Marquez vs. Bradley: Aging Dinamita Still a Force Despite Loss

Austin GreenCorrespondent IOctober 13, 2013

LAS VEGAS, NV - OCTOBER 12:  Juan Manuel Marquez (L) throws a left at WBO welterweight champion Timothy Bradley Jr. in the 10th round of their bout at the Thomas & Mack Center on October 12, 2013 in Las Vegas, Nevada. Bradley won in a split decision.  (Photo by Ethan Miller/Getty Images)
Ethan Miller/Getty Images

Juan Manuel Marquez suffered a split-decision loss at the hands of Timothy Bradley on Saturday, but the 40-year-old Mexican is still one of the top-10 pound-for-pound boxers in the world. 

Marquez was unable to steal Bradley's belt despite entering the fight as the favorite. As expected, Marquez landed more power punches (115 to 85), but Bradley threw over 100 more punches (562 to 455) and connected on more as well (168 to 153). 

Without a doubt, Bradley was the aggressor for much of the fight, and he deserved to win.

That being said, Marquez has nothing to be ashamed about, and this fight will certainly not send him into retirement. 

Saturday's battle was about as close it could possibly be, with two judges scoring in favor of Bradley (116-112, 115-113) and one going with Marquez (115-113). The pro-Marquez crowd booed at the decision, and Marquez was adamant in his post-fight interview that he thought he had been robbed. 

I don't agree with him, but he was still impressive against the younger Bradley. 

LAS VEGAS, NV - OCTOBER 12:  Juan Manuel Marquez (L) throws a left at WBO welterweight champion Timothy Bradley Jr. in the eighth round of their bout at the Thomas & Mack Center on October 12, 2013 in Las Vegas, Nevada. Bradley won in a split decision.  (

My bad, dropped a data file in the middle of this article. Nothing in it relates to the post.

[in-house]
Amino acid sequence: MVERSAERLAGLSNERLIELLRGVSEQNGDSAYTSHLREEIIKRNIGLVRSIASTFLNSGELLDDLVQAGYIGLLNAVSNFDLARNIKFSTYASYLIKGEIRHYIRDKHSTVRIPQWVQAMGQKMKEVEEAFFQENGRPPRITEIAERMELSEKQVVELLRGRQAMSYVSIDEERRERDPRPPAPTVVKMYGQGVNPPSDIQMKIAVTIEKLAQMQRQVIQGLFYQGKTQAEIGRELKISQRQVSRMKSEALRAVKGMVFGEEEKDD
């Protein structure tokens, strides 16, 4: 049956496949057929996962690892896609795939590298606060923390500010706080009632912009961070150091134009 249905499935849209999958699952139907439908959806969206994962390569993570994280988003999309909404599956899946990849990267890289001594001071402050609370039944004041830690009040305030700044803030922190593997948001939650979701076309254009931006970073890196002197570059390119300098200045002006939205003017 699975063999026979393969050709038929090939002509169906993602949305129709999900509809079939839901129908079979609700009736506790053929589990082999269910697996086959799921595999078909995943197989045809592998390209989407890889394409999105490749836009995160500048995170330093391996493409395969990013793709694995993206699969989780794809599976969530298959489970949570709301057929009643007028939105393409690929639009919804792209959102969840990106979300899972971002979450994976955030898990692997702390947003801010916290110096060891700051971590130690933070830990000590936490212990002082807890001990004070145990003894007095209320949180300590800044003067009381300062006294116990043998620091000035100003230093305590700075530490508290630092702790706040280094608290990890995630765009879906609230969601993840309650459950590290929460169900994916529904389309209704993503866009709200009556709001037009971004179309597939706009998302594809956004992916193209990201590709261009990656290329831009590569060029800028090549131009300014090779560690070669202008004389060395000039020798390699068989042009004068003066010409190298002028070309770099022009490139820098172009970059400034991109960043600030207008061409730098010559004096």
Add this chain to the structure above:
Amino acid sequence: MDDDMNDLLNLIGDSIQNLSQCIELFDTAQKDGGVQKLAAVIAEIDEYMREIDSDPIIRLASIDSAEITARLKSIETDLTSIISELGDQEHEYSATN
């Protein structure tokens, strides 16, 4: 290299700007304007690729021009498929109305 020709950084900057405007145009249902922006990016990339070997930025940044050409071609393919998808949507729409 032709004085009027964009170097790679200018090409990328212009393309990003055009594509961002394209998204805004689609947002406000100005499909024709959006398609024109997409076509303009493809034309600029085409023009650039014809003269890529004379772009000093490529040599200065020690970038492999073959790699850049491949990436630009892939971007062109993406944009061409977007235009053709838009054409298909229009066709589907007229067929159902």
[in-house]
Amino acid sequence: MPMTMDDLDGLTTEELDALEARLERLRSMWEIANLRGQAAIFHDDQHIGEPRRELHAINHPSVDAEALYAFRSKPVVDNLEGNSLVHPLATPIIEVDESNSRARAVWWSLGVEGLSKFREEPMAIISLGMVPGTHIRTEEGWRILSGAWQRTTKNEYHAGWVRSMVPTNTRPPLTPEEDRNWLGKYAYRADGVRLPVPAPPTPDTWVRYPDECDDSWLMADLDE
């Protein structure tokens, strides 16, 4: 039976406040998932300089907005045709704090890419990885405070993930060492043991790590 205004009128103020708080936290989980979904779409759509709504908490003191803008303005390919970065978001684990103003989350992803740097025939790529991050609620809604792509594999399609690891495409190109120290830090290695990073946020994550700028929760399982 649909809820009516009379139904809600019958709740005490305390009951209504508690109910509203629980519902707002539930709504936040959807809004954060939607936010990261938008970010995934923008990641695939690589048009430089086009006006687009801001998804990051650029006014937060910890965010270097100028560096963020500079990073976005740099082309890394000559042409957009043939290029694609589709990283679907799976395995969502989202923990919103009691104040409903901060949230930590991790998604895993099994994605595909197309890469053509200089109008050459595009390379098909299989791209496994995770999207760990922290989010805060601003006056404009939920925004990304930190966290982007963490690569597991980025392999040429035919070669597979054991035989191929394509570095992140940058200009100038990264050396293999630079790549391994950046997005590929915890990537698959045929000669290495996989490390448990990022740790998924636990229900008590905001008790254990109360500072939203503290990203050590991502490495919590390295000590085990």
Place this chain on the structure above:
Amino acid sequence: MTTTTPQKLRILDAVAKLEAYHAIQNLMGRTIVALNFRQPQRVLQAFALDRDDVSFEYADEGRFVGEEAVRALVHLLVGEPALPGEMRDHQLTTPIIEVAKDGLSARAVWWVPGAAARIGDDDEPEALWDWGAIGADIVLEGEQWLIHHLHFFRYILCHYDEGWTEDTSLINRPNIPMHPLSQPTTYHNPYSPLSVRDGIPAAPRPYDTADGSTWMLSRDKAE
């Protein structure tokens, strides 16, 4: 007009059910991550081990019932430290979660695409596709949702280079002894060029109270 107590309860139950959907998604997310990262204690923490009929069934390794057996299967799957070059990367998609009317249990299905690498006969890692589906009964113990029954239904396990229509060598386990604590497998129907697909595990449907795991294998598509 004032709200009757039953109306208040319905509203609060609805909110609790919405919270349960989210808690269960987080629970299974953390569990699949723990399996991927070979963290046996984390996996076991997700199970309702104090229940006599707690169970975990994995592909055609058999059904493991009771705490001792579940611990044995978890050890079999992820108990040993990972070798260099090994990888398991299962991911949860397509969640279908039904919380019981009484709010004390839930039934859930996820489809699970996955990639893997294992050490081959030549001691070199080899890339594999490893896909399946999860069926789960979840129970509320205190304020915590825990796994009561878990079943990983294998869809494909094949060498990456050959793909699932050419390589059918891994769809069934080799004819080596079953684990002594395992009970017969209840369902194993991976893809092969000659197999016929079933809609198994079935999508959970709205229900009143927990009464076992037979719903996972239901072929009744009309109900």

Ethan Miller/Getty Images

Marquez landed some of the most devastating punches in the fight, using his sheer power to punish Bradley. He faded a bit as the fight went on, and Bradley connected with a couple haymakers of his own in the 10th and 12th rounds, but Marquez was the harder puncher. 

This wasn't a great matchup for Marquez, who struggled with the stamina and activity of Bradley.

If he was going to win this fight, he needed to catch Bradley with some vicious counterpunches. He connected on a few, but Bradley was smart. He didn't take unnecessary risks and hid behind his job to avoid being rocked. 

Marquez may have lost, but he still proved he can push elite competition to the brink. Sure, he's never going to beat Floyd Mayweather, and I doubt he'd win a rematch against Bradley. But against any other fighter in the world, Marquez is a dangerous opponent. 

He still has a few great fights left in him. Don't be surprised if he takes down a big-name boxer in 2014 before calling it quits.